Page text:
For those who did not see his comment, he wrote:

"If Munger thinks gold bugs are jerks now, he should spend a few days reading blog posts in Caps."

It's an unwarranted slur based upon a malicious stereotype.

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#8) On September 30, 2010 at 4:05 PM, Mstinterestinman (< 20) wrote:

Gold bugs arent jerks do I think they are making an investment mistake especially those buying after 1200 probably but eh if i'm right no sense in being an ass about it. In my opinion this last year was the stock buying opportunity of a lifetime or at the very least thelast couple decades. When the dow hits 12000 and keeps marching you can buy all the gold and can goods you want if I want tangible I'll Oil and gas or real estate just my opinion of course.

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#9) On September 30, 2010 at 4:32 PM, XMFSinchiruna (26.55) wrote:


Absolutely ... that's the attitude I would love to see more of. Disagreement without character judgement. Thank you for sharing your thoughts! I certainly hope you are right about the Dow, as another round of weakness like the one I sense looming is not what this country needs.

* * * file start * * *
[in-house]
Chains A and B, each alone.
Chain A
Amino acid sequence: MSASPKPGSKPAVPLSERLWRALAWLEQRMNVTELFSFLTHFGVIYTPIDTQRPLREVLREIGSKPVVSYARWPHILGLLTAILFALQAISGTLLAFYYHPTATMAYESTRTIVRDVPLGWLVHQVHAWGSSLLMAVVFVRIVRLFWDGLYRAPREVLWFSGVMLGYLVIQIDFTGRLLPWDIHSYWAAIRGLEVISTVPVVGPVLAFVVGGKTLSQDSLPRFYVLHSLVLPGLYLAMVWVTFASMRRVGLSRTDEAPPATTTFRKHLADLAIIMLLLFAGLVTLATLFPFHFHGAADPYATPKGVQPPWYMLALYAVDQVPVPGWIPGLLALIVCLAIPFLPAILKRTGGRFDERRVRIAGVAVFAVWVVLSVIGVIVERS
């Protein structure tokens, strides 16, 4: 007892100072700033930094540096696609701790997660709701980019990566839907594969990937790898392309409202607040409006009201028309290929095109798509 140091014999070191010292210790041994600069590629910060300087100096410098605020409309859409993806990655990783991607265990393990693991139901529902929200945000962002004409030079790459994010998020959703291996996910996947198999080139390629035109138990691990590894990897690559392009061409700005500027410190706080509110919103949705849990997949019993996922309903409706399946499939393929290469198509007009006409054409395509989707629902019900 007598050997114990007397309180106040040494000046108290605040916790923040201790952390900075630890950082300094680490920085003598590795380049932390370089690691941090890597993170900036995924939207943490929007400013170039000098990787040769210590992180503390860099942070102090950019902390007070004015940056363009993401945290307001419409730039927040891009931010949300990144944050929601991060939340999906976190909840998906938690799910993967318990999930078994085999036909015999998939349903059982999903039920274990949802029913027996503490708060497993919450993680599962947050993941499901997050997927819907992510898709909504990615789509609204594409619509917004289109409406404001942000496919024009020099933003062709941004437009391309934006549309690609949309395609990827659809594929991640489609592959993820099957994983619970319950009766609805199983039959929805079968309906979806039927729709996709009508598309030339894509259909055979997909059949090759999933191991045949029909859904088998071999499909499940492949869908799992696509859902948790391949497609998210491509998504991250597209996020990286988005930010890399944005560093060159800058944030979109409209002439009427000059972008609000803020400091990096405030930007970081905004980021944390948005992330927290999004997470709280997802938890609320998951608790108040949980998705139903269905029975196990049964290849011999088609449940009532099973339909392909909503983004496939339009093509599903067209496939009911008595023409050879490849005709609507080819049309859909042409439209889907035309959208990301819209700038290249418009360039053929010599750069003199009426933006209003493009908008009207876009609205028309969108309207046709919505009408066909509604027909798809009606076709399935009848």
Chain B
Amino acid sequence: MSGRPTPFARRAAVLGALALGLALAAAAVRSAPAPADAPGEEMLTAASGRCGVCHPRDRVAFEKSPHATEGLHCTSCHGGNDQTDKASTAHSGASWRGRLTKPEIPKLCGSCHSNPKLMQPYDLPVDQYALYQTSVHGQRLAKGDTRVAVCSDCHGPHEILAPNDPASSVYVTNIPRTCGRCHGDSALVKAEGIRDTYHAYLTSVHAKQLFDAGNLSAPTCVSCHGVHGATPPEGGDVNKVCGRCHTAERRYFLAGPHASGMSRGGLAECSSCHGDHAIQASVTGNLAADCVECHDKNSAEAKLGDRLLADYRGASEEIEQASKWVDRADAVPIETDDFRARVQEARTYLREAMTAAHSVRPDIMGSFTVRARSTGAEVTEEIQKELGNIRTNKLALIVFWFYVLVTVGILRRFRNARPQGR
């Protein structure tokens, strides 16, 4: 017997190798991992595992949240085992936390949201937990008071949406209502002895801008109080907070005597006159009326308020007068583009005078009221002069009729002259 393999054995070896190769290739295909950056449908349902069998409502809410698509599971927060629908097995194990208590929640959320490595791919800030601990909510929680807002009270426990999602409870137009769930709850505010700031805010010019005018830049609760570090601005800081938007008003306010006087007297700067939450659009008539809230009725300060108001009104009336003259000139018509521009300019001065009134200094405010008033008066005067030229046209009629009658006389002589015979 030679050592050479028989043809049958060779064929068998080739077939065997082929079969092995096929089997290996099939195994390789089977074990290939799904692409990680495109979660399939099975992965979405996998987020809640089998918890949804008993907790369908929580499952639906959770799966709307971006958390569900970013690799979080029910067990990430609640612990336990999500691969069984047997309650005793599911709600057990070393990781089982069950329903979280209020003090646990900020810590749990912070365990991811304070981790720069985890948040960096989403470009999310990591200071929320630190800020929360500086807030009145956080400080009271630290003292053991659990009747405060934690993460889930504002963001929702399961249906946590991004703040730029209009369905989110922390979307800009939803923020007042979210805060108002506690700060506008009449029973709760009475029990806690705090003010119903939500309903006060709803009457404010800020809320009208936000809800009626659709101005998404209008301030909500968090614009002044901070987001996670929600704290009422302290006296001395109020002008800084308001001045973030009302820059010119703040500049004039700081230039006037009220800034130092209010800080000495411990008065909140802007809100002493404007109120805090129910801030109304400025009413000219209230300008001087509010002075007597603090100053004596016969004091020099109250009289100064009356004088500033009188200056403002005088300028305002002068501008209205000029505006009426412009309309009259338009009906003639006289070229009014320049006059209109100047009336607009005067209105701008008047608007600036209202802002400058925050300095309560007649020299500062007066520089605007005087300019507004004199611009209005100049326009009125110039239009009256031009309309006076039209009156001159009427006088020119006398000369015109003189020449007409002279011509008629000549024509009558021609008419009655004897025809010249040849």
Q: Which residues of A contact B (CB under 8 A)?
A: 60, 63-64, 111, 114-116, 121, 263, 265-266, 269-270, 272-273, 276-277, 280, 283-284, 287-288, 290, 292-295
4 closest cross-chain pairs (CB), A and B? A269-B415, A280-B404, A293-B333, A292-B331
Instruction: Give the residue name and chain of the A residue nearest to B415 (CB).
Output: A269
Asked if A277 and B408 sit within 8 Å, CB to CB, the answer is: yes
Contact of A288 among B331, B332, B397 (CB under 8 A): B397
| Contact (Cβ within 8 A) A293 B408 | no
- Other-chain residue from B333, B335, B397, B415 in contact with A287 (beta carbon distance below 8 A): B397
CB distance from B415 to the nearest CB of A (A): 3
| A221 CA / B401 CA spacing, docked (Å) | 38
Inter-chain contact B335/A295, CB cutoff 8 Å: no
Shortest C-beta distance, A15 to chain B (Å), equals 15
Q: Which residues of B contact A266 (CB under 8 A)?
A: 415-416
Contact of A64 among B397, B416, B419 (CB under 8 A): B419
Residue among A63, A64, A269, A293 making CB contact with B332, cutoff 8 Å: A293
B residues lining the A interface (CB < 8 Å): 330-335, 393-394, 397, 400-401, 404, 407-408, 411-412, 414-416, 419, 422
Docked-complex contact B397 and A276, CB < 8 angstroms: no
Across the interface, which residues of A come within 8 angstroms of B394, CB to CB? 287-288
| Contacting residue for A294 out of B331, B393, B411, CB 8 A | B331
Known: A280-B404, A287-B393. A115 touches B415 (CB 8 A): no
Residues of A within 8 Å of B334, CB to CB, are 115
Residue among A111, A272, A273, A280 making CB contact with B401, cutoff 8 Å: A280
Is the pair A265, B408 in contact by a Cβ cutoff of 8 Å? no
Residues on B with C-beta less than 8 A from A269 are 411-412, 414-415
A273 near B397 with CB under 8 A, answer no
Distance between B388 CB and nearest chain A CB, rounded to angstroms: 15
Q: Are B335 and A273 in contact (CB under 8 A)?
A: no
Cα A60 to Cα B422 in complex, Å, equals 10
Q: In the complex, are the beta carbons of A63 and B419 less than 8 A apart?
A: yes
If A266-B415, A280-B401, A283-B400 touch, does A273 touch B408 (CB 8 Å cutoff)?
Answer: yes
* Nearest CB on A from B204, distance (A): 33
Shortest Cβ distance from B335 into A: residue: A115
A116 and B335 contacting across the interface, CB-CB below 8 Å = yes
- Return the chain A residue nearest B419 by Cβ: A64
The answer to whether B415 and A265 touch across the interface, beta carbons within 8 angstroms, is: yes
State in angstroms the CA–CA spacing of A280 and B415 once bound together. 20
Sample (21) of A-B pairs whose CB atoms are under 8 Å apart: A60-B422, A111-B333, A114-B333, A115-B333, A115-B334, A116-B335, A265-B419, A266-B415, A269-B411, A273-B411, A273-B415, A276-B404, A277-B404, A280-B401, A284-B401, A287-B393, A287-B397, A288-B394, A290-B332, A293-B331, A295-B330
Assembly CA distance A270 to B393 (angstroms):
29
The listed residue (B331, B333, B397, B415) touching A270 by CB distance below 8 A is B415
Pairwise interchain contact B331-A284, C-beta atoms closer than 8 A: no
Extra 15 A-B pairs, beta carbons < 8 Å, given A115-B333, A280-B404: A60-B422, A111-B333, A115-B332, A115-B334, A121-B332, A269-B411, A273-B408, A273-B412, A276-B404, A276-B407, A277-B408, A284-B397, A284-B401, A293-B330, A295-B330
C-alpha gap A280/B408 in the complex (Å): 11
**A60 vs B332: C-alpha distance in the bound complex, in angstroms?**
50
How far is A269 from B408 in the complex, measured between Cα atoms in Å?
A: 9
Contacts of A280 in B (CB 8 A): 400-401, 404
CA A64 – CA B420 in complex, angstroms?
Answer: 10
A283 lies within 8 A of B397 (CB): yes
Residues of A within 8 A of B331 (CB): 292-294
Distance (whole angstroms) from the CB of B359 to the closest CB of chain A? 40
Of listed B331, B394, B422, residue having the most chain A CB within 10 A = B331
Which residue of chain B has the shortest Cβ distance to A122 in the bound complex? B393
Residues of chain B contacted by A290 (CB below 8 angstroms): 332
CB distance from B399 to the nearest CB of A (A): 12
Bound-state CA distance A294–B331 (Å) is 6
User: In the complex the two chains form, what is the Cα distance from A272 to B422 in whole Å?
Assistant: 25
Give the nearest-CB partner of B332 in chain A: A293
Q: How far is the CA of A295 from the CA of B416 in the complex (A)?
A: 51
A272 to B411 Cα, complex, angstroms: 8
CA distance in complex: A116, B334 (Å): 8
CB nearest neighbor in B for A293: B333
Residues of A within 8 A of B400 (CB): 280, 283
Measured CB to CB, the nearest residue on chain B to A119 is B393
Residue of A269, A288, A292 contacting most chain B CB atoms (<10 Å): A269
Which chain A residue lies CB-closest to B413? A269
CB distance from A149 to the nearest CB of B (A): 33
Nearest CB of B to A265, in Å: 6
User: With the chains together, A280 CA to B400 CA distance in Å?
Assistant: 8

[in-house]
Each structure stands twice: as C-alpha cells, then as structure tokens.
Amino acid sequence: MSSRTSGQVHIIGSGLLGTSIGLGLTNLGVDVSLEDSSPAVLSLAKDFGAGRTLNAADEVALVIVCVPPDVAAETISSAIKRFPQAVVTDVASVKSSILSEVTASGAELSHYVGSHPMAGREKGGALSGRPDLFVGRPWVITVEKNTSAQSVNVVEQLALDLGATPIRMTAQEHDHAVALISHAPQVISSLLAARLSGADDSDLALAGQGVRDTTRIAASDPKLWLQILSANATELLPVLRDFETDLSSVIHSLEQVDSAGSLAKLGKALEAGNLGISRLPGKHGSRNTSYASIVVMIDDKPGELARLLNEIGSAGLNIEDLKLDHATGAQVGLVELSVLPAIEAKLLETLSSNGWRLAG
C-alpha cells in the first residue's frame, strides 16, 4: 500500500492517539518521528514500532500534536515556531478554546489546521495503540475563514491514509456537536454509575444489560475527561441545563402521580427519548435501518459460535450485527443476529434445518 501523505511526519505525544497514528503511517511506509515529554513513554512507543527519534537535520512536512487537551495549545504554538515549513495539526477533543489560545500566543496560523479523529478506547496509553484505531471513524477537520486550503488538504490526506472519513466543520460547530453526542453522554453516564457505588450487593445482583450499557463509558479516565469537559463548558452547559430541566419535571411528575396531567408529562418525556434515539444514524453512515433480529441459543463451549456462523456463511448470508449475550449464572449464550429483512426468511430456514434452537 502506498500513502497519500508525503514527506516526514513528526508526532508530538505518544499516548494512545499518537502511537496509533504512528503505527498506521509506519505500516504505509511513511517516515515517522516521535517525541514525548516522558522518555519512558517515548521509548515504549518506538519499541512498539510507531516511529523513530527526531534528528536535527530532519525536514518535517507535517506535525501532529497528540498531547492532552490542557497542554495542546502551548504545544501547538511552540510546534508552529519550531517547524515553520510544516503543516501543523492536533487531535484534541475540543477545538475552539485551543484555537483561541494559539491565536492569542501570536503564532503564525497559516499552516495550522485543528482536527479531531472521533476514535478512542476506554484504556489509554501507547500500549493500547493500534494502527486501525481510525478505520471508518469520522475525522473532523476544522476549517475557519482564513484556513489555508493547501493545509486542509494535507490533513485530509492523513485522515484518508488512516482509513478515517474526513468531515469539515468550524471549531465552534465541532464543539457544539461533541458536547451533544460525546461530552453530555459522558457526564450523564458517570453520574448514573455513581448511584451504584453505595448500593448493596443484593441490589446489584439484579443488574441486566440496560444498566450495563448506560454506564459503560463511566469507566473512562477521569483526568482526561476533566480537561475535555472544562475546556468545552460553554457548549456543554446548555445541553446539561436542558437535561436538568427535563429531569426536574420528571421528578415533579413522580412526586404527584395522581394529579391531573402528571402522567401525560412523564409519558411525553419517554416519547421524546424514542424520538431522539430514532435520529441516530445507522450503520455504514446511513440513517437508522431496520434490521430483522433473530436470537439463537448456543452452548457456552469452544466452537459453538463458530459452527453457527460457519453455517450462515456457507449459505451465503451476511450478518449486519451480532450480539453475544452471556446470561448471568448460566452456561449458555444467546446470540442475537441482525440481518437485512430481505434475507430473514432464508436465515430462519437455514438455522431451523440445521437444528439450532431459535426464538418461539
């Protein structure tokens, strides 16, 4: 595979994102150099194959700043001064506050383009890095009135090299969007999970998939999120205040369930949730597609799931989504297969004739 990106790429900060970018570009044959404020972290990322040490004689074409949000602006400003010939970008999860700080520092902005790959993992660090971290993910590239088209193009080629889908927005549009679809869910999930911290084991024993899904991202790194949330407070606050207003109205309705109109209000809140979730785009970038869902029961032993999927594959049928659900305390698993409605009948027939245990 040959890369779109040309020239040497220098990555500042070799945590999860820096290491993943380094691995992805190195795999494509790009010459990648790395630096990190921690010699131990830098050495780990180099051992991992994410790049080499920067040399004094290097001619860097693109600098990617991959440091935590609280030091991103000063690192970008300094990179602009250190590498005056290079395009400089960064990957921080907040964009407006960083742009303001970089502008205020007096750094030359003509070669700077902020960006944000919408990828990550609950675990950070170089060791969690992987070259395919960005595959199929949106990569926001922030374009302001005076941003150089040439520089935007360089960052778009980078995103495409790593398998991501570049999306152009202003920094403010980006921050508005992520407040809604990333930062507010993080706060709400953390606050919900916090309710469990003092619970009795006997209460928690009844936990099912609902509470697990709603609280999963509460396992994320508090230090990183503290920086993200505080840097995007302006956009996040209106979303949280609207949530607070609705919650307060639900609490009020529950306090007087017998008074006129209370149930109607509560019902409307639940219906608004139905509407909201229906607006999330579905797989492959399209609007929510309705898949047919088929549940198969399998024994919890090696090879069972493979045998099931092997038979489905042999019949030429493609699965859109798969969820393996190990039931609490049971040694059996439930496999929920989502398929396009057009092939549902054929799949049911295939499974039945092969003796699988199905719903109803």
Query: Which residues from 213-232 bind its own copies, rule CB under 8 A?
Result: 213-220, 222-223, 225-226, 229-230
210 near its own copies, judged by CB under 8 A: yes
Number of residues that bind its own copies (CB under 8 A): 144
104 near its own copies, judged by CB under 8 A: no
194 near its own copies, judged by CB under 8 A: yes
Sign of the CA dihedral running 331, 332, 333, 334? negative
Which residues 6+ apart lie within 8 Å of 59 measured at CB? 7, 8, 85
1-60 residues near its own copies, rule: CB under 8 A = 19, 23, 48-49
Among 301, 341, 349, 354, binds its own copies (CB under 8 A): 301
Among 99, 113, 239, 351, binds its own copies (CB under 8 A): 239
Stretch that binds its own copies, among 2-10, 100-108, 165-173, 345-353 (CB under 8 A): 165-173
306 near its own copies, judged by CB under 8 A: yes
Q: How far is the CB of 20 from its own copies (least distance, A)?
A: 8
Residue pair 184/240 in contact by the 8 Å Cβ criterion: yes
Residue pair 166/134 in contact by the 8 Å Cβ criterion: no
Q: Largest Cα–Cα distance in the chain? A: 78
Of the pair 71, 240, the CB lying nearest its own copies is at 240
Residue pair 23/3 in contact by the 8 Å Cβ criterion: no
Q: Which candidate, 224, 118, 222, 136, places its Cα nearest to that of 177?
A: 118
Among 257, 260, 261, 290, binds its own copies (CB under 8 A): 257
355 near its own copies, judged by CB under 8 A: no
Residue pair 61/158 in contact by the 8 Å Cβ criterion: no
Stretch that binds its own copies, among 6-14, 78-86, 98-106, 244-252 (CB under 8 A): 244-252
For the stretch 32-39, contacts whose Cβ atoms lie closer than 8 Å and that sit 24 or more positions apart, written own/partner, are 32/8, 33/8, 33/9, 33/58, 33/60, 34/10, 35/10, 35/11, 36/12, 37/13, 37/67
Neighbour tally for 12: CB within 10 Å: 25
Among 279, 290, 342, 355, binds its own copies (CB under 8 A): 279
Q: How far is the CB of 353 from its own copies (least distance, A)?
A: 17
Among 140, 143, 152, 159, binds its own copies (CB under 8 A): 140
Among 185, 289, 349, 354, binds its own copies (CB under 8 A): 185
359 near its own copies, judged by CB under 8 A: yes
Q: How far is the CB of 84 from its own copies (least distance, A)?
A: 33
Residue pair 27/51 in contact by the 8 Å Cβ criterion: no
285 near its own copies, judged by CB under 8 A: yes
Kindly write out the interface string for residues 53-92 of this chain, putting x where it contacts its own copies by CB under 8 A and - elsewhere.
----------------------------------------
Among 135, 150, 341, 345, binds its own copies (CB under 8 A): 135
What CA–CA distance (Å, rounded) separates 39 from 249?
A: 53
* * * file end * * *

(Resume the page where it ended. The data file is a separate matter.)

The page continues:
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#10) On October 01, 2010 at 3:29 PM, rhallbick (97.02) wrote:


I couldn’t help but give this some thought ever since I heard Munger make that comment (I watched the interview and he wasn’t kidding).  Unfortunately, he didn’t explain his position well enough that I have high confidence in my perception of what his position actually might be.  Your moral obligation to become rational is not compatible with owning gold?  I’m left with the impression that I am not sure about what his position was because he didn’t want me to understand.  It was an ambiguous statement that he didn’t really want to explain, possibly because it would involve saying things that the general public shouldn’t be told or possibly he just didn’t feel like explaining it at the time.